The 50 Most Powerful African Americans in Sports: Think You Know Who the Real Players Are? Forget Those Who Earn Millions on the Field. Here's Our All-Star List of Entrepreneurs and Executives (OK, and a Couple of Athletes) Who Drive the Sports Industry

By Hughes, Alan | Black Enterprise, March 2005 | Go to article overview

The 50 Most Powerful African Americans in Sports: Think You Know Who the Real Players Are? Forget Those Who Earn Millions on the Field. Here's Our All-Star List of Entrepreneurs and Executives (OK, and a Couple of Athletes) Who Drive the Sports Industry


Hughes, Alan, Black Enterprise


TURN ON JUST ABOUT ANY MAJOR sports program, and you're likely to see black athletes excelling. Baseball's Barry Bonds, football's Curtis Martin, Shaquille O'Neal in the NBA, and the NHL's Jerome Iginla are all exceptional athletes.

But the true power in sports is behind the scenes. The agent who hammers out the multimillion contract, the front-office executive who negotiates with the agent, or the corporate executive who determines which athlete will be the spokesperson for their product. Sports is big business. According to Sports-Business Journal the combined revenues of the sports industry is more than $213 billion. And the power lies with those who have control over the business aspect of the industry. Sadly, while African Americans continue to dominate on the field, there remains a gross disparity between blacks and nonblacks when it comes to the decision makers in the sports industry.

Because of the success of African Americans on the field, the accomplishments of black front-office executives and agents often go overlooked. Despite their too-few numbers, the editors at BLACK ENTERPRISE decided it was time to recognize their accomplishments by compiling a list of the top African Americans in sports.

We approached this list from a business perspective. Superstar athletes live in the spotlight but we also looked at who's controlling revenues, signing athletes, and hiring and [hind coaches.

The true opportunities in sports are in the boardroom, not the locker room. And the true MVPs are those making gains behind the scenes. Who are these all-stars? Over the next 13 pages, we'll introduce them to you.

--Additional reporting by Ericka N. Goodman & Angela C. Allen

Making The Cut

Unlike other sports lists, BLACK ENTERPRISE approached The 50 Most Powerful African Americans in Sports from a business perspective. Athletes make millions, but who are the people who hire and fire athletes--and coaches--sign them to big contracts, and control forces within sports? BE worked with various professional and collegiate sports organizations, industry insiders, and experts to determine the big players on and off the field. The list is broken down into eight categories and represents the all-stars of sports.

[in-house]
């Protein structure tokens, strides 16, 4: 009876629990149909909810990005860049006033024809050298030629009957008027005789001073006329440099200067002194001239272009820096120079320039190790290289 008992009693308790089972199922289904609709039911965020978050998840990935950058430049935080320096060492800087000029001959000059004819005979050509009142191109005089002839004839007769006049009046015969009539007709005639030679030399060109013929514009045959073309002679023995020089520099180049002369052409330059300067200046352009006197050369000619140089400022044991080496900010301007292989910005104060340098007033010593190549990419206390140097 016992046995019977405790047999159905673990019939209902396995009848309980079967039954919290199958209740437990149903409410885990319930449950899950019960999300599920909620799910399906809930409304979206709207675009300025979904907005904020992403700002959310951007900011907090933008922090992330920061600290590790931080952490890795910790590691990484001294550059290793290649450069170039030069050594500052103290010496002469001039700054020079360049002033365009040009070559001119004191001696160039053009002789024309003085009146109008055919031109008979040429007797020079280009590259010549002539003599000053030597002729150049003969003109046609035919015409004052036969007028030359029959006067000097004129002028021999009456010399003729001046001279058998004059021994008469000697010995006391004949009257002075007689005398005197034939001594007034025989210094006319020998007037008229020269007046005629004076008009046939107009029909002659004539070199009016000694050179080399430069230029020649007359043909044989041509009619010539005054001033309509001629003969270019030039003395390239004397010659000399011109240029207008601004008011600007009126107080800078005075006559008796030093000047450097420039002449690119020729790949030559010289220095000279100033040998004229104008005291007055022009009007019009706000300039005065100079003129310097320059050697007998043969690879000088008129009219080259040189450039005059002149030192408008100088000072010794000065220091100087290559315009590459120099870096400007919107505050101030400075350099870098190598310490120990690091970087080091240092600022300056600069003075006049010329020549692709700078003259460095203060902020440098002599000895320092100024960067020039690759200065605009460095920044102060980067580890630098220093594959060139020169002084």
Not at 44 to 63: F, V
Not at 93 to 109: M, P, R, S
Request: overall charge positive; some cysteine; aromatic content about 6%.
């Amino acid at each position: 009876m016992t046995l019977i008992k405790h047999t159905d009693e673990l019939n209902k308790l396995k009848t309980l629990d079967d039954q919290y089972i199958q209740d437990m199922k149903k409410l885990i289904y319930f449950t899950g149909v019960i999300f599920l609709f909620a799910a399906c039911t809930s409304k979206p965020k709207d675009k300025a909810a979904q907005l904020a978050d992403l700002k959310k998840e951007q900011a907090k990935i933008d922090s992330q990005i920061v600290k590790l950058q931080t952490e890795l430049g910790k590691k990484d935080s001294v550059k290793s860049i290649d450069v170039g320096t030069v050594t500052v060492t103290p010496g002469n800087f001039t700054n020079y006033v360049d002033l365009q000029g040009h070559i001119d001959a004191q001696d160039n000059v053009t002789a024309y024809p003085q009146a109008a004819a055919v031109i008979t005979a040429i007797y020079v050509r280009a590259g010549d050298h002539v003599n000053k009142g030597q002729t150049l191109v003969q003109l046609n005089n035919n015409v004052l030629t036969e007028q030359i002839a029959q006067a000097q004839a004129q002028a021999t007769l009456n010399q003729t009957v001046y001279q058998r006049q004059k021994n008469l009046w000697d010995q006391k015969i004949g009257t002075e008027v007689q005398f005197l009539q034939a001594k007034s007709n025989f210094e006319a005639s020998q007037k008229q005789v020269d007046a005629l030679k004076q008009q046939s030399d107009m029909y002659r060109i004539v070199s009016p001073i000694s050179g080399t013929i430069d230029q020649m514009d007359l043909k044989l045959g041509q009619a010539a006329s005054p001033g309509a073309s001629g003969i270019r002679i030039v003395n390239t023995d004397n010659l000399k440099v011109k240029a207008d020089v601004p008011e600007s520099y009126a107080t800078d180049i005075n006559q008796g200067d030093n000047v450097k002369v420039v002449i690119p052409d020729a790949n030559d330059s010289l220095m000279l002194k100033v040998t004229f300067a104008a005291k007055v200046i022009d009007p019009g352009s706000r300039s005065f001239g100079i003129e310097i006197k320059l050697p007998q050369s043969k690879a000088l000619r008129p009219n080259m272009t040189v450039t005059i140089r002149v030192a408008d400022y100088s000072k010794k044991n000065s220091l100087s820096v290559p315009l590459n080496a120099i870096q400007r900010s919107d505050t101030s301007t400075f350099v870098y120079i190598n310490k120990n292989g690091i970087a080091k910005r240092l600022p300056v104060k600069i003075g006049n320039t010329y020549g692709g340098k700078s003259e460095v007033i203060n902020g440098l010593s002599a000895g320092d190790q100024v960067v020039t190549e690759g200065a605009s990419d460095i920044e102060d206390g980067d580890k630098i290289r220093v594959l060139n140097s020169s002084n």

Agents/Promoters:

For every multimillion-dollar sports deal, there's an agent who negotiated the terms, hammered out the details, and received a cut of the pie. Those eligible for this category have careers that span decades and have successfully negotiated lucrative contracts for star athletes.

Athletes:

Outperforming the competition and generating fan interest is the dream of most professional athletes, but to make our list, athletes had to excel on the playing field as well as land lucrative endorsement deals. Those considered for this category had to revitalize or redefine their sport. The economic impact of these athletes on their respective sports is unquestionable.

Collegiate:

If college sports is big business, Division ]-A universities are the mega-corporations. At the helm of these programs are decision makers who manage budgets, oversee multiple sports programs, and determine who coaches their teams, Participants within this category have demonstrated substantial authority in their universities and/or collegiate sports as a whole.

Corporate Executives:

Although not employed by the leagues themselves, these execs have vast influence within the world of sports, whether through overseeing television programming (and the revenues generated thereafter) or signing athletes to lucrative endorsement deals.

Front-Office Executives (leagues and teams):

To be considered for this category, candidates must have control over the business operations, finances, and/or personnel decisions within their respective sports leagues or teams. High in the pecking order, they help negotiate player trades and acquisitions and oversee finances. …

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